I had called in advance to ask if they had WiFi access, which they don't. I basically iPhoned it for a couple of days until I met Rick. He's 50 and a techie. He told me what he does to connect and has let me borrow his laptop connect card to get online. Since I'm going to be stuck here for a few more weeks, I'm going to get me one too so I can stay connected.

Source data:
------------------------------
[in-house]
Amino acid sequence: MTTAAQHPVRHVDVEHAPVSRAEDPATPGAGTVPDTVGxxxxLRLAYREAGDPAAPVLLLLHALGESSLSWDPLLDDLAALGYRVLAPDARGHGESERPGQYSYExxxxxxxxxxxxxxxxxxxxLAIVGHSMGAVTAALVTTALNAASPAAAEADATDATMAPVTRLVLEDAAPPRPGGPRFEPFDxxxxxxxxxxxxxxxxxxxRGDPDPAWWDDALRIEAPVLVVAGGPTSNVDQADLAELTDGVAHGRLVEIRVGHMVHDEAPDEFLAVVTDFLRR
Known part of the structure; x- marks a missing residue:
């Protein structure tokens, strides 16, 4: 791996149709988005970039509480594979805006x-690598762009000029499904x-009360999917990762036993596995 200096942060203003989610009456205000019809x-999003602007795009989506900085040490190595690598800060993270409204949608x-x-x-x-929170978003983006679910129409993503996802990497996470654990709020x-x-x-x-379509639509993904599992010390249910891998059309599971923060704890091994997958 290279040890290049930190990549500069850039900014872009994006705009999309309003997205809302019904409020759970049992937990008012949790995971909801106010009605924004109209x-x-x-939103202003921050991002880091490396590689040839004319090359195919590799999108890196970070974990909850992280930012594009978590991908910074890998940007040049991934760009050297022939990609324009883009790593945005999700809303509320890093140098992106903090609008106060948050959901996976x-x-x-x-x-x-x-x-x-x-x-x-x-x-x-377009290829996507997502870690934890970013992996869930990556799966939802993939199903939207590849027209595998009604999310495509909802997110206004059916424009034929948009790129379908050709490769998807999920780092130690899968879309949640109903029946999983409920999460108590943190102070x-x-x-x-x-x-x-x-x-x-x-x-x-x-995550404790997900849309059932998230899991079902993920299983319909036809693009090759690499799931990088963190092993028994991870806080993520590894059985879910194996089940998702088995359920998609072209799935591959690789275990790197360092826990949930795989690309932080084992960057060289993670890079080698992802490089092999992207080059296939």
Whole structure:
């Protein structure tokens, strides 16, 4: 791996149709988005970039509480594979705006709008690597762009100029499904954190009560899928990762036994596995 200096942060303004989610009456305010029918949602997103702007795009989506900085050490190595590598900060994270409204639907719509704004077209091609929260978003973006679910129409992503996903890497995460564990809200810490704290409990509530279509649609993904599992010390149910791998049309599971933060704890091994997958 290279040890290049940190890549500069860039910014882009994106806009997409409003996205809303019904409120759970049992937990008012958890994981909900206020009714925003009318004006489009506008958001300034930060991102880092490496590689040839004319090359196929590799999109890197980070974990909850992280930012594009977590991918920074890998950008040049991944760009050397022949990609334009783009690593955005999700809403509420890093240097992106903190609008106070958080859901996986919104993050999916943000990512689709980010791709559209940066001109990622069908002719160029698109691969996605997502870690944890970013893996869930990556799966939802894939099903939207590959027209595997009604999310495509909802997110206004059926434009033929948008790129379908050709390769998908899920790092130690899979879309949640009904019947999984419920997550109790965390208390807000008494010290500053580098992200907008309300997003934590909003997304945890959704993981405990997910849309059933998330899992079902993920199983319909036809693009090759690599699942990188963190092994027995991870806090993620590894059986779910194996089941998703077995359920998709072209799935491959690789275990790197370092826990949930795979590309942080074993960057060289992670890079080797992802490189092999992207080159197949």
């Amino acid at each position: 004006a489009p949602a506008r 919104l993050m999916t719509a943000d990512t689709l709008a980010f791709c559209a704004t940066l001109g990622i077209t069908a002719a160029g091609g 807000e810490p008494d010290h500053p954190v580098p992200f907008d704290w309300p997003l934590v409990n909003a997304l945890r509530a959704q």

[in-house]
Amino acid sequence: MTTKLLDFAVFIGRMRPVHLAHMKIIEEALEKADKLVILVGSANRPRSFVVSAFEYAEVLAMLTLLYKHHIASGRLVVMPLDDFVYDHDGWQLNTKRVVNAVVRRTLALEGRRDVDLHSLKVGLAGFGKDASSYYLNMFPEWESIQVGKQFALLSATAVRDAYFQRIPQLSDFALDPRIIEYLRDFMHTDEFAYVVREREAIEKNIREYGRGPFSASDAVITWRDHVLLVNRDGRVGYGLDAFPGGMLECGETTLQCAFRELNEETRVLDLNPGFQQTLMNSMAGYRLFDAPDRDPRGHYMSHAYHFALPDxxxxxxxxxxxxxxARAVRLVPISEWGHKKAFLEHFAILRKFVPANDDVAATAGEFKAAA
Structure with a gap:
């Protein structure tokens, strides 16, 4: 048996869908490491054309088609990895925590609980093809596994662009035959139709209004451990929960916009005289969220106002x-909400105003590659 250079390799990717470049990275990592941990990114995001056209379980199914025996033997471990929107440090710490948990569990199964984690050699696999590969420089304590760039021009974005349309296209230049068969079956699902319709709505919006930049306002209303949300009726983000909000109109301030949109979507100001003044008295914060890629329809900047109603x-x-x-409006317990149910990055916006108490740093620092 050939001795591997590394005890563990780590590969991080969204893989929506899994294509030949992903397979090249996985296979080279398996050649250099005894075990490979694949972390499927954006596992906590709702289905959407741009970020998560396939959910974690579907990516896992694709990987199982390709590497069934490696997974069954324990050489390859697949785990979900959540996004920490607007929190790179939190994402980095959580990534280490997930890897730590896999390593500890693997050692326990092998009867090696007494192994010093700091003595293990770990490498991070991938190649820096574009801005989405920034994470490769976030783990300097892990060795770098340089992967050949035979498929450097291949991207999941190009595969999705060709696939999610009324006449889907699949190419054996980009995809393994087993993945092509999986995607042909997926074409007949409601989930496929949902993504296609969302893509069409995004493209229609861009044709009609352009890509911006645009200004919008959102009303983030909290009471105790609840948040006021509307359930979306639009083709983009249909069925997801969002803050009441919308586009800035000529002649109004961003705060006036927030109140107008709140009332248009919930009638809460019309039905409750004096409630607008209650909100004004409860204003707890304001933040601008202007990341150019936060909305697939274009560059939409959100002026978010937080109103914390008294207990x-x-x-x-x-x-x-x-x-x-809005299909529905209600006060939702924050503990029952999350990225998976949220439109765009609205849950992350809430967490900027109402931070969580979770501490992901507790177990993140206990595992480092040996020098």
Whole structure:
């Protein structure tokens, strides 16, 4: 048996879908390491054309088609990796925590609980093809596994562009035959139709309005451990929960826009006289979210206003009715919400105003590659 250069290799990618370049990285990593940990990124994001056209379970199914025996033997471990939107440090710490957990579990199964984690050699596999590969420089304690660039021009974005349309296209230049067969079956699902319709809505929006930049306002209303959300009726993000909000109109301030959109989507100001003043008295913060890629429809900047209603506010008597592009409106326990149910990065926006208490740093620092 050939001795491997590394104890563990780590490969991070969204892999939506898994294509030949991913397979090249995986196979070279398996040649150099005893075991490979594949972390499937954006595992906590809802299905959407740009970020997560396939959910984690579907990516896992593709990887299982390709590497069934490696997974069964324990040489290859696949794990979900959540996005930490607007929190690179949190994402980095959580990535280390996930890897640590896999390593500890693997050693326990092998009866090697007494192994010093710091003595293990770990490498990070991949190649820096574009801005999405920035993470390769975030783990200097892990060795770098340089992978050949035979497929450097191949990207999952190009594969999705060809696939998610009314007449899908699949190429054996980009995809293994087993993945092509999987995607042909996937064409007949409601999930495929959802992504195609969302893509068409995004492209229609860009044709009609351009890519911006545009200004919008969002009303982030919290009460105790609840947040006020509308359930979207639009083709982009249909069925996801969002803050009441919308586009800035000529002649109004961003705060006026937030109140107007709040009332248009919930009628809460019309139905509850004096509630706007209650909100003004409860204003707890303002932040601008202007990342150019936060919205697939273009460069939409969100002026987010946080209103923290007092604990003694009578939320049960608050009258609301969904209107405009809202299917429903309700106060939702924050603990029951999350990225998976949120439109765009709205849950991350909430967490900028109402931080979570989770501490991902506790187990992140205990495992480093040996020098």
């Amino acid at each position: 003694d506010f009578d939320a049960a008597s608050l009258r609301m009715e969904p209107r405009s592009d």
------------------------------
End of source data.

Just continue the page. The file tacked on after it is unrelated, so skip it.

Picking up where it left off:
We looked into transferring me out to a cleaner environment closer to home, but nothing has opened up under Medicare facilities, especially for someone with my complex medical needs. I'm actually ok with it. I've adjusted to the environment and made some friends to help. They are trying so hard now to meet my needs. In some ways, I'm kind of spoiled for a place like this. Private one screaming over my TV, temp as I like it (cold most say!), all my techie stuff, dietitian very helpful in getting what I need now, nice window view. If it weren't for a fear of cleanliness still and distance from home, it's not much worse or different than being in a regular hospital. Most awkward thing is the fact that there are so many geriatrics w/ dementia and other things I'm not as used to being around...I'm used to tubes, IV's, catheters, etc, but it's a different type of population and kind of sadder. The PT/OT hasn't been as good as I had hoped, but they do feel like I have made some progress. I would be leaving AMA if I left right now and Medicare wouldn't cover this past week. So, I'm gonna stick it out. I want to anyway. I do want the help to get back on my feet and be more independent. They plan to show me some energy conservation techniques for times I am too tired to even get out of bed, or I get so weak and tired while doing things. I read the list they left though and I already do all of those things!